Successful International Conference held on Migration in/from the Arab World

The International Conference “A Century of Migration, Displacement and Diaspora: Demographic Shifts in the Arab World 1917-2017” convened in Limassol-Cyprus (November 30- December 3, 2017) and was hosted by the Bethlehem-based Dar al-Kalima University College of Arts and Culture in collaboration with the Christian Academic Forum for Citizenship in the Arab World (CAFCAW).

Academic researchers from 11 countries and 24 regional and international universities participated in the conference” that provided a forum for sharing numerous approaches of migration studies in an ecumenical and intercultural atmosphere. Papers ranged from demographic and socio-economic researches to anthropological and political analyses, and religious/spiritual responses to changing contexts.

The first session on Lebanon and Syria introduced the audience to the refugee crisis in Lebanon, and forced migration and international law with a special focus on the Syrian refugee crisis. The second session on Sweden was about the identity and mission of expatriate/diaspora Churches from the Middle East, and the work with asylum seekers and newly settled persons in the Church of Sweden’s Parishes in 2015 and 2016. The third session, dedicated to Germany and Austria, tackled the issues of border discourses, asylum and neo-colonial modernity and Arab refugees in Europe (the German case), Palestinian refugees from Lebanon in Germany – narratives, realities, perspectives: the case of Berlin in the 1980s, a study of failed integration and its consequences -, and Middle Eastern communities in Austria after 2015. The fourth session was about Egypt with a focus on Coptic migrants – immigration and diversity of discourses, followed by “The Parrot” film screening produced by Deema Azar on stories of displacement in 1948 Palestine. The fifth session on the Gulf included the following topics: Art, Peace and Migration in Dubai – the title of my paper -; and Economic migration in the Arabian Gulf: The religious and socio-cultural impact off the Expatriate Church in a multi-national community. The sixth session was about the presentation of the findings of the latest poll regarding the migration of Palestinians from the West Bank. The seventh session was about migration viewed from Europe and the US, and the Humanitarian Corridors project. The last session was dedicated to a Youth Forum on Migration.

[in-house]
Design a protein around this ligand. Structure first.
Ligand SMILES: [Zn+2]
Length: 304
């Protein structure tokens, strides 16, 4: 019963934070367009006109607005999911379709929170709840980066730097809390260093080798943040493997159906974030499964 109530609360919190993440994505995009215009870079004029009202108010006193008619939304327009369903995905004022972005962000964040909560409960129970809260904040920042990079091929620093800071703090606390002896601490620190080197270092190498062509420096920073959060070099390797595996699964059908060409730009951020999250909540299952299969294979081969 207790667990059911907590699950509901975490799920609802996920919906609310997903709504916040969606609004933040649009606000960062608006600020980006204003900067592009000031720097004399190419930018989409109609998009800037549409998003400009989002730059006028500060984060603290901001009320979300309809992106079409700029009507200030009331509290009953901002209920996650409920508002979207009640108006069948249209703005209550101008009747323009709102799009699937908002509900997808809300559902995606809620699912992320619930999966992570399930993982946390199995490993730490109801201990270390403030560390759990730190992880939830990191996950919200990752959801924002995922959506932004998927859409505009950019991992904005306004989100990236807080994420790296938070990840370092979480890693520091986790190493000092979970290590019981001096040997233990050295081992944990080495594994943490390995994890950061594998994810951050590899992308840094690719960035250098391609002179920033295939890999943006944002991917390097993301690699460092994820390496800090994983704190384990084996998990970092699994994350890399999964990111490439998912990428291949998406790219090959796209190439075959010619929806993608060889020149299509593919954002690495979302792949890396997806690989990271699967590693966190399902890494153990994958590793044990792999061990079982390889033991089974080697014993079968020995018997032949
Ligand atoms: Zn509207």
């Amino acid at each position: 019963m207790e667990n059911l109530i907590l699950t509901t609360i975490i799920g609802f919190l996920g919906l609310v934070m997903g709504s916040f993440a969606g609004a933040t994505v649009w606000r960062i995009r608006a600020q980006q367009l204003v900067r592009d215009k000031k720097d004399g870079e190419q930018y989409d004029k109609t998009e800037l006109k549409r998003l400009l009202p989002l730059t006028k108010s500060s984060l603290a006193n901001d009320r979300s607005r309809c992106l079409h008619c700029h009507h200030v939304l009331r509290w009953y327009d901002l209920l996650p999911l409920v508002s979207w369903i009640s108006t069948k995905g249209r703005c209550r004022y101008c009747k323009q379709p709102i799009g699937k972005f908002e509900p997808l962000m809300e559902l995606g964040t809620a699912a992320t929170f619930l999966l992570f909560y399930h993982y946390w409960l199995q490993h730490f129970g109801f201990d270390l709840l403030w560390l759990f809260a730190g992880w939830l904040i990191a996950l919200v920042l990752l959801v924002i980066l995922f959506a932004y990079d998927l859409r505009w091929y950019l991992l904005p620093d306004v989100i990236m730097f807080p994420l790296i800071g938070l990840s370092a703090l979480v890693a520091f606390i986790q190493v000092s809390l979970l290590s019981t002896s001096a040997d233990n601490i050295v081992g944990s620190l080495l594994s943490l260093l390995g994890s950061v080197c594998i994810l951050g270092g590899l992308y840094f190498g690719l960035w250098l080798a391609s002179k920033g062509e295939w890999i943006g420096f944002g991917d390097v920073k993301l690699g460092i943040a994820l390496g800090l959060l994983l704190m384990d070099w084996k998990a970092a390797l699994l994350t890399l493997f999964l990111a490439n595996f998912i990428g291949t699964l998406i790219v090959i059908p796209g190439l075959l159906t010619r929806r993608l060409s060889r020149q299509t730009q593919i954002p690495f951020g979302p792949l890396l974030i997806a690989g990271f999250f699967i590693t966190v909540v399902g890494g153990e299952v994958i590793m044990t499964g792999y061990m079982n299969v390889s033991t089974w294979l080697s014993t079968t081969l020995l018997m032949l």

Scholars, researchers and activists sparked multilayered debates on current migration situations, dynamics and perceptions in Southwestern Asia, North Africa, Europe and North America. Panel discussions broke away from the norm and shook up the audience.  Stories of empowerment, empathy and cooperation were shared, as well as stories of discrimination, exploitation and marginalization. Certainly, the conference organizers succeeded in facilitating meaningful interchanges of varied viewpoints and brought the participants to a place where they felt confident in expressing their opinions while recognizing the fact that there was still so much that needed to be done.



Reverend Mitri Raheb


Reverend Victor Makari


Session 1 chaired by Mary Mikhael


Session II chaired by Hilary Rantisi, and Session III by Martina Wasserloos-Strunk


Session 4 with Khaled Elsayed


The Parrot film by Deema Azar


CAFCAW EXECUTIVE COMMITTEE LUNCH – November 30, 2017 with Mitri Raheb, Victor and Peter Makary, Mary Mikhael and Pamela Chrabieh


CAFCAW EXECUTIVE COMMITTEE MEETING with Mitri Raheb, Victor and Peter Makary, Mary Mikhael, Pamela Chrabieh and Maya Khadra


Session 5 – Gulf – with Pamela Chrabieh on Peace, Migration and Art in Dubai


Dr. Pamela Chrabieh


Pamela Chrabieh, Viola Raheb and Maya Khadra


Pamela Chrabieh, Mary Mikhael and Maya Khadra


Source: Dar al-Kalima University College of Arts and Culture


Source: Reverend Mitri Raheb Facebook Page







Youth and Citizenship in the Arab World


Associate Professor of Middle Eastern Studies at AUD Dr. Pamela Chrabieh and a member of the Christian Academic Forum for Citizenship in the Arab World (CAFCAW) Executive Committee met her peers and presented a communication on the challenges of citizenship at a two-day conference and workshop held in Cyprus on Youth and Citizenship in the Arab World.

This initiative followed a series of academic gatherings, international conferences and youth workshops in 2014, 2015 and 2016 in Lebanon, Egypt, Cyprus and Turkey, co-organized by CAFCAW and Diyar’s Consortium – CAFCAW is one of Diyar’s initiatives. It gathered more than 60 young academics and activists and included trainings and conferences tackling the issues of citizenship and youth initiatives.

Four young activists and social change makers were awarded Best Citizenship Awards: Yorgui Teyrouz from Lebanon for ‘Donner sang compter’, a non-governmental organization which promotes responsible citizenship through raising awareness on and encouraging safe blood transfusions in Lebanon. The second place went to Randa Farah from Lebanon for Lebtivity, a social events calendar that gathers people from different socio-economic backgrounds and religions. Two projects shared the third place: Ghadeer Najjar from Palestine for her research and upcoming publication to preserve Bethlehem’s social and architectural history, and Peter Magdy from Egypt for empowering marginalized groups.